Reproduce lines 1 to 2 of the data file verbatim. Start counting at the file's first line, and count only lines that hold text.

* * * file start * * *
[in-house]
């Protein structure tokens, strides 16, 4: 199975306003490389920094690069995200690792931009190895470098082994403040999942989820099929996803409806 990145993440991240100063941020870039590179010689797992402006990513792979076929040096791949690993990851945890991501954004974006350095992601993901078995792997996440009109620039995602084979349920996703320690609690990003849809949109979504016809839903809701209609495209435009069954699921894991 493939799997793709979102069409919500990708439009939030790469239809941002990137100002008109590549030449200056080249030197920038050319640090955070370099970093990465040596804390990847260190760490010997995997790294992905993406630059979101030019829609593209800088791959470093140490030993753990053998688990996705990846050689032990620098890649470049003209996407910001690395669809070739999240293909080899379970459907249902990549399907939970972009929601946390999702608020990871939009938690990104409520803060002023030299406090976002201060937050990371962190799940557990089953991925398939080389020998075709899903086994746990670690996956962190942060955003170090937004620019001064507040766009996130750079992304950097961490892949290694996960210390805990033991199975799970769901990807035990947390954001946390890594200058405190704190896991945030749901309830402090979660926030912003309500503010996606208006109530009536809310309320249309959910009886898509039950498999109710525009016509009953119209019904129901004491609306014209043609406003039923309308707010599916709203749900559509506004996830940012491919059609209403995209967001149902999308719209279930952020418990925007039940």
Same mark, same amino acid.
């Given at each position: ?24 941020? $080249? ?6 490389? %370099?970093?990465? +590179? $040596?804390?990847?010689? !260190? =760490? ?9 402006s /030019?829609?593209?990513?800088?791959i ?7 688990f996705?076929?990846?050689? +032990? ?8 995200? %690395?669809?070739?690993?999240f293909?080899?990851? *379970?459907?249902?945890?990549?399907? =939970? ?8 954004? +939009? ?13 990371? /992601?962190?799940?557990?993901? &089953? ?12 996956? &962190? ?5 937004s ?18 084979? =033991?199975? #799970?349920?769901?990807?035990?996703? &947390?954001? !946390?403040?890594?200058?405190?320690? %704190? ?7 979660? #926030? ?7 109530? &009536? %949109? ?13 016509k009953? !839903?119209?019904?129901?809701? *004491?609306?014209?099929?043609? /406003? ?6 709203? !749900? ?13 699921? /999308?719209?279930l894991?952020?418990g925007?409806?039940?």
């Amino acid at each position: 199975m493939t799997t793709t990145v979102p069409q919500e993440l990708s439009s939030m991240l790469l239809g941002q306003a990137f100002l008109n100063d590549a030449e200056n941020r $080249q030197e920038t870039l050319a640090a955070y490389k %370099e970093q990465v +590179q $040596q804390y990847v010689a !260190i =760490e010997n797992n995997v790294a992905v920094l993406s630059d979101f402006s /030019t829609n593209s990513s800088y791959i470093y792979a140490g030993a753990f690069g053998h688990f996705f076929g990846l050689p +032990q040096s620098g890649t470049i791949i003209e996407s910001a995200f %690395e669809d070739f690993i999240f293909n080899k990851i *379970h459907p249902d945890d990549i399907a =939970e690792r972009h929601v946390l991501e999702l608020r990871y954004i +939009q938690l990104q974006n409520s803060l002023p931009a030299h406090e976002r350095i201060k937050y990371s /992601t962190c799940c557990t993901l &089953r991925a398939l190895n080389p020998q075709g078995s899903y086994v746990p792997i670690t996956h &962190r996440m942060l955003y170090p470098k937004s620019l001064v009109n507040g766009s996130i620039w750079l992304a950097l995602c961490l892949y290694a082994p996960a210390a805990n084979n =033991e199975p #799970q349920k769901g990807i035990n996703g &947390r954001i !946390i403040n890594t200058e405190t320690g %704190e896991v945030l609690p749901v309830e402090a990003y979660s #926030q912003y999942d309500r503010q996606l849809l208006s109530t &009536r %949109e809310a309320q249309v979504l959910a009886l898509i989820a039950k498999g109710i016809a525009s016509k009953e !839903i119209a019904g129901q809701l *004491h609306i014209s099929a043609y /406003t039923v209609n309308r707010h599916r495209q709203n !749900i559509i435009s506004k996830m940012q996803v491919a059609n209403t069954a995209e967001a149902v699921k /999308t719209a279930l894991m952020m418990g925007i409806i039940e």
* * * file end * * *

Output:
[in-house]
């Protein structure tokens, strides 16, 4: 199975306003490389920094690069995200690792931009190895470098082994403040999942989820099929996803409806 990145993440991240100063941020870039590179010689797992402006990513792979076929040096791949690993990851945890991501954004974006350095992601993901078995792997996440009109620039995602084979349920996703320690609690990003849809949109979504016809839903809701209609495209435009069954699921894991 493939799997793709979102069409919500990708439009939030790469239809941002990137100002008109590549030449200056080249030197920038050319640090955070370099970093990465040596804390990847260190760490010997995997790294992905993406630059979101030019829609593209800088791959470093140490030993753990053998688990996705990846050689032990620098890649470049003209996407910001690395669809070739999240293909080899379970459907249902990549399907939970972009929601946390999702608020990871939009938690990104409520803060002023030299406090976002201060937050990371962190799940557990089953991925398939080389020998075709899903086994746990670690996956962190942060955003170090937004620019001064507040766009996130750079992304950097961490892949290694996960210390805990033991199975799970769901990807035990947390954001946390890594200058405190704190896991945030749901309830402090979660926030912003309500503010996606208006109530009536809310309320249309959910009886898509039950498999109710525009016509009953119209019904129901004491609306014209043609406003039923309308707010599916709203749900559509506004996830940012491919059609209403995209967001149902999308719209279930952020418990925007039940």